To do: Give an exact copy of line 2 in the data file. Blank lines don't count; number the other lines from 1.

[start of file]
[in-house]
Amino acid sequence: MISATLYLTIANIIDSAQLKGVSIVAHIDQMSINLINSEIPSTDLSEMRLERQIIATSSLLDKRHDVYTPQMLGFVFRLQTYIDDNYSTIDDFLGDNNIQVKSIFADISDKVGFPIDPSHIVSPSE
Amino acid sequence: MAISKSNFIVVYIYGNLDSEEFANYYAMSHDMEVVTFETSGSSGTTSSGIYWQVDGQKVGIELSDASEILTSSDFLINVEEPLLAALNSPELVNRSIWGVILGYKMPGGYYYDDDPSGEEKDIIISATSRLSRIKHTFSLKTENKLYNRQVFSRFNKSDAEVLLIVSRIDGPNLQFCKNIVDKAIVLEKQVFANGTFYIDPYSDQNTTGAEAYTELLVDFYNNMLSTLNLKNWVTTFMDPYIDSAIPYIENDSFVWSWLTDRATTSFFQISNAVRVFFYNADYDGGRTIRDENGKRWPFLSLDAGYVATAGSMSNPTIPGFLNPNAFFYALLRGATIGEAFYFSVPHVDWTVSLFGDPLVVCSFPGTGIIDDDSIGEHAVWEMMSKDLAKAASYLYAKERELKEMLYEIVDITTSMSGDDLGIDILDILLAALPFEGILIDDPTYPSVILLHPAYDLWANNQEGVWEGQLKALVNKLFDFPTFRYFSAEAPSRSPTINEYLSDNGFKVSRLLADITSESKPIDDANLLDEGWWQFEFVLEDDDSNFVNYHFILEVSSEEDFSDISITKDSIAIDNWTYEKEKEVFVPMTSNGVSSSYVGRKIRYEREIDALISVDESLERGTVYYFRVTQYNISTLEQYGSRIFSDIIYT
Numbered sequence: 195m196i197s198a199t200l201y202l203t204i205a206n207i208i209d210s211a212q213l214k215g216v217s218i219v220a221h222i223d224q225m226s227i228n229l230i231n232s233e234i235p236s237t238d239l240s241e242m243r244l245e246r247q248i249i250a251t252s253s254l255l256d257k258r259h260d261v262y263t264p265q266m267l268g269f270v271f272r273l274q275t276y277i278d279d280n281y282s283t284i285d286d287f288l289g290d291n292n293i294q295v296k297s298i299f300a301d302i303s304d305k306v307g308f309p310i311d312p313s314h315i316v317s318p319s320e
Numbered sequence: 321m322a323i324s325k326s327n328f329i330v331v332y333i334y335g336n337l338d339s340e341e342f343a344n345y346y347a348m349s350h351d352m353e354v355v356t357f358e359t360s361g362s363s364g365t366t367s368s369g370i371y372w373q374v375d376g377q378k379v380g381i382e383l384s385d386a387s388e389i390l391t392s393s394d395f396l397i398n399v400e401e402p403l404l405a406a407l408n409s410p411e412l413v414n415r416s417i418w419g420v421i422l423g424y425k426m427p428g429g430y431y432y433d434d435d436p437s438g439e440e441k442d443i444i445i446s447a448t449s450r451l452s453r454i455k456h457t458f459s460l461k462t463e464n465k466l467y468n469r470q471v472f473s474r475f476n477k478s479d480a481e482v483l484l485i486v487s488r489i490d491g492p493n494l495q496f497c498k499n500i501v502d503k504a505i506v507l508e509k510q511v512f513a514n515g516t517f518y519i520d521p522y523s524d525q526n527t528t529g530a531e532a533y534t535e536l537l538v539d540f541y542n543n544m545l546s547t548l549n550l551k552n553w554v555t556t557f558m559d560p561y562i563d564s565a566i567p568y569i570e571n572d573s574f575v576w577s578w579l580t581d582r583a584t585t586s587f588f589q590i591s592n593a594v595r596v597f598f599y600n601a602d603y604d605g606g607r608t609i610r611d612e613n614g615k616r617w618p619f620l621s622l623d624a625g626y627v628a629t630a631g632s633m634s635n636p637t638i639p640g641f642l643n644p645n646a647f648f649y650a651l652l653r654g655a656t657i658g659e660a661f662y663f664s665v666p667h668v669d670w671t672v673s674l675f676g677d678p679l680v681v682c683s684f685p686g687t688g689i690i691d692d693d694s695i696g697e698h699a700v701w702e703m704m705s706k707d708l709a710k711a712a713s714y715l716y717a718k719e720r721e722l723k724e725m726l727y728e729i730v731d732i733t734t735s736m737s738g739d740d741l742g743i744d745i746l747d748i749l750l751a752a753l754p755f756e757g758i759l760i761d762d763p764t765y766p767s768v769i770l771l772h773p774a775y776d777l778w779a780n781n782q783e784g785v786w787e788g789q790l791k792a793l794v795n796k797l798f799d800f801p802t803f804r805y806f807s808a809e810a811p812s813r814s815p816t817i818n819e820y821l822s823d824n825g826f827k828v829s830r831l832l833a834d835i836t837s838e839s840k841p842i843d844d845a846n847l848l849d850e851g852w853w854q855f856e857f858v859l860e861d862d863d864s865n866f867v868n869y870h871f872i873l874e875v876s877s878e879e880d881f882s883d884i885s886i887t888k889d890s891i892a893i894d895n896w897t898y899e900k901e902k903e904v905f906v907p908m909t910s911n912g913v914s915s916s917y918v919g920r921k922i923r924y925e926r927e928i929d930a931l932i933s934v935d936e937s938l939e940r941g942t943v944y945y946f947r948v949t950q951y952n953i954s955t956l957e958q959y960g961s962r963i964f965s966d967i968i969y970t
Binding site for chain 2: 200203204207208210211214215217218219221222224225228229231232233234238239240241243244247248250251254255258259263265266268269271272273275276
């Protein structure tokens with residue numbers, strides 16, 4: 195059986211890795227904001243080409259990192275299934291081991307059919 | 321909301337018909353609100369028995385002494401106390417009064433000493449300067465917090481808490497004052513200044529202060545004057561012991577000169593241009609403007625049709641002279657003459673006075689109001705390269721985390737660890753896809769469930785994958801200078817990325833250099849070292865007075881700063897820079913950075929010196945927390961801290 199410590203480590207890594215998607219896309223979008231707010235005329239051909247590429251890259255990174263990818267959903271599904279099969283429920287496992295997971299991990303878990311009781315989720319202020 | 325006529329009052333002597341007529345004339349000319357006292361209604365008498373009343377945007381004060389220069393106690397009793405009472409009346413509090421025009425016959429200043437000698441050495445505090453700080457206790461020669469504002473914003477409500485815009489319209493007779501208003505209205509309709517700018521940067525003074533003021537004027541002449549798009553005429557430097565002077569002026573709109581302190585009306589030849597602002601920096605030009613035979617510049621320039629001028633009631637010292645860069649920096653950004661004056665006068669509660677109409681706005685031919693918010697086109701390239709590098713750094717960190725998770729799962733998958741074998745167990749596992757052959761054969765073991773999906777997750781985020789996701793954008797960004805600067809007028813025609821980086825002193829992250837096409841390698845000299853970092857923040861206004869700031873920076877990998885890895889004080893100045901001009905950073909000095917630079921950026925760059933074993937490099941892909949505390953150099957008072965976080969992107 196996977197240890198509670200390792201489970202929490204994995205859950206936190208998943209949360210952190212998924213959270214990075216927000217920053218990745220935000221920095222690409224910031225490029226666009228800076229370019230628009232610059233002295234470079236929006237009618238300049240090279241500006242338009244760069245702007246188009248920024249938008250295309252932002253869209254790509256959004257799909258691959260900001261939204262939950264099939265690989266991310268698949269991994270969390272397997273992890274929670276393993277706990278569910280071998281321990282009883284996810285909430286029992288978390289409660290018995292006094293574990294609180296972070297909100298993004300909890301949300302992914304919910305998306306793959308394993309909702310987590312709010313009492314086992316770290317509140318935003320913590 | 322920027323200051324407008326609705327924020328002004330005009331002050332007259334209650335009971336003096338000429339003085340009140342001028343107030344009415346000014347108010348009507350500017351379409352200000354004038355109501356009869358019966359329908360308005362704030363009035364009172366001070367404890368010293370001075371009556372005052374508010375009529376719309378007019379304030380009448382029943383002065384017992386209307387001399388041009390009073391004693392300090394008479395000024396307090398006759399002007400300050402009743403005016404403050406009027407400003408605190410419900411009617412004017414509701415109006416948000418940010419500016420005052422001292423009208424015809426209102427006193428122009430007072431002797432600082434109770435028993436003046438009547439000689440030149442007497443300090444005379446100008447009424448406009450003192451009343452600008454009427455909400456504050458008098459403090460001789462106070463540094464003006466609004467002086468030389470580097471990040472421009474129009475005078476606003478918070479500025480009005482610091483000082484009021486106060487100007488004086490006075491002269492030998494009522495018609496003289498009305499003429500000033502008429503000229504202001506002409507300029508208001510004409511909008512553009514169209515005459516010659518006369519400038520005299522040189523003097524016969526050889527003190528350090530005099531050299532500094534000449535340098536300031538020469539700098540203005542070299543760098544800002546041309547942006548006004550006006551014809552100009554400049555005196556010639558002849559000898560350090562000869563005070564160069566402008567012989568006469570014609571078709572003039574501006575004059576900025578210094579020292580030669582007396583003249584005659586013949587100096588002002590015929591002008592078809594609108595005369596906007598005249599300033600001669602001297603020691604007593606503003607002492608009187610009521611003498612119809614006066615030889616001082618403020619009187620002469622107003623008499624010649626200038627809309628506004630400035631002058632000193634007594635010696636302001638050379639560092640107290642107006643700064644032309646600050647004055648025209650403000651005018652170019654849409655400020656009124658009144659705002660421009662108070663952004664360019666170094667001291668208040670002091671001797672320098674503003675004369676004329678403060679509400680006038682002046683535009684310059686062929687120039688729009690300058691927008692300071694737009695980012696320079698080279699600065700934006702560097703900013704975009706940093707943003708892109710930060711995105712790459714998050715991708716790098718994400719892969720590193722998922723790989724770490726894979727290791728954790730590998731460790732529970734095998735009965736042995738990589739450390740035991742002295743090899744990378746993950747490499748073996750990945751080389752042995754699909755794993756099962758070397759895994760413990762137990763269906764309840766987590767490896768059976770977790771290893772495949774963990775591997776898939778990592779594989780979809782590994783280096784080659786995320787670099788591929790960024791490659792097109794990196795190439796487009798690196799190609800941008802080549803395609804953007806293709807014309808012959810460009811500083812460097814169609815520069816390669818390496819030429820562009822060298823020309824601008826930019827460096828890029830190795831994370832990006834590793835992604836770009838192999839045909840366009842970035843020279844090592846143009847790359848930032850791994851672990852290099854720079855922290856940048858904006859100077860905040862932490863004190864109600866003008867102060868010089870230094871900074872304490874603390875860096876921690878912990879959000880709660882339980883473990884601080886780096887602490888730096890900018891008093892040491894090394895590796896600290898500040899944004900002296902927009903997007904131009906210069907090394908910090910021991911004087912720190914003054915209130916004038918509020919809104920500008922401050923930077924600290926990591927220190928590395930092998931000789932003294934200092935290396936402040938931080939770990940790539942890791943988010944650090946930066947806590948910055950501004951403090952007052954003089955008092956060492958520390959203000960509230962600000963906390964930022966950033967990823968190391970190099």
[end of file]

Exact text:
Amino acid sequence: MISATLYLTIANIIDSAQLKGVSIVAHIDQMSINLINSEIPSTDLSEMRLERQIIATSSLLDKRHDVYTPQMLGFVFRLQTYIDDNYSTIDDFLGDNNIQVKSIFADISDKVGFPIDPSHIVSPSE